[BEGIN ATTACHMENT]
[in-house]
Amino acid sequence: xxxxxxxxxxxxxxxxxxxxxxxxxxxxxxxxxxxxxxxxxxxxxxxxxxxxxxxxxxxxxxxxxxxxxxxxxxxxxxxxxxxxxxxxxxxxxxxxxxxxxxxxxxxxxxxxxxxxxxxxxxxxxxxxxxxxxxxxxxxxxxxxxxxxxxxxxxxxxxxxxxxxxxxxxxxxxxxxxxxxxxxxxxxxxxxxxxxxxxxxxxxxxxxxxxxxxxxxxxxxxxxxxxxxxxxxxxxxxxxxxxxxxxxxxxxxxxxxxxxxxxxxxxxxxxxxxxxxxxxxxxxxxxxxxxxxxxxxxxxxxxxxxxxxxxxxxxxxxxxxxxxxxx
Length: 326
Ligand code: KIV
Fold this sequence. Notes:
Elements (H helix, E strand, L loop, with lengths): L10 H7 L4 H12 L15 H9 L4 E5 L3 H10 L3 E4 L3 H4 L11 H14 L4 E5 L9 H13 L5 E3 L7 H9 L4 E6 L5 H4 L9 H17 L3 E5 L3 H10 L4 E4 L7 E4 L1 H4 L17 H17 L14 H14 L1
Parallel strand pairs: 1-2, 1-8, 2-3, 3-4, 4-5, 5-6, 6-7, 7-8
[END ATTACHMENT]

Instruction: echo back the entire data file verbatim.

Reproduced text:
[in-house]
Amino acid sequence: xxxxxxxxxxxxxxxxxxxxxxxxxxxxxxxxxxxxxxxxxxxxxxxxxxxxxxxxxxxxxxxxxxxxxxxxxxxxxxxxxxxxxxxxxxxxxxxxxxxxxxxxxxxxxxxxxxxxxxxxxxxxxxxxxxxxxxxxxxxxxxxxxxxxxxxxxxxxxxxxxxxxxxxxxxxxxxxxxxxxxxxxxxxxxxxxxxxxxxxxxxxxxxxxxxxxxxxxxxxxxxxxxxxxxxxxxxxxxxxxxxxxxxxxxxxxxxxxxxxxxxxxxxxxxxxxxxxxxxxxxxxxxxxxxxxxxxxxxxxxxxxxxxxxxxxxxxxxxxxxxxxxxx
Length: 326
Ligand code: KIV
Fold this sequence. Notes:
Elements (H helix, E strand, L loop, with lengths): L10 H7 L4 H12 L15 H9 L4 E5 L3 H10 L3 E4 L3 H4 L11 H14 L4 E5 L9 H13 L5 E3 L7 H9 L4 E6 L5 H4 L9 H17 L3 E5 L3 H10 L4 E4 L7 E4 L1 H4 L17 H17 L14 H14 L1
Parallel strand pairs: 1-2, 1-8, 2-3, 3-4, 4-5, 5-6, 6-7, 7-8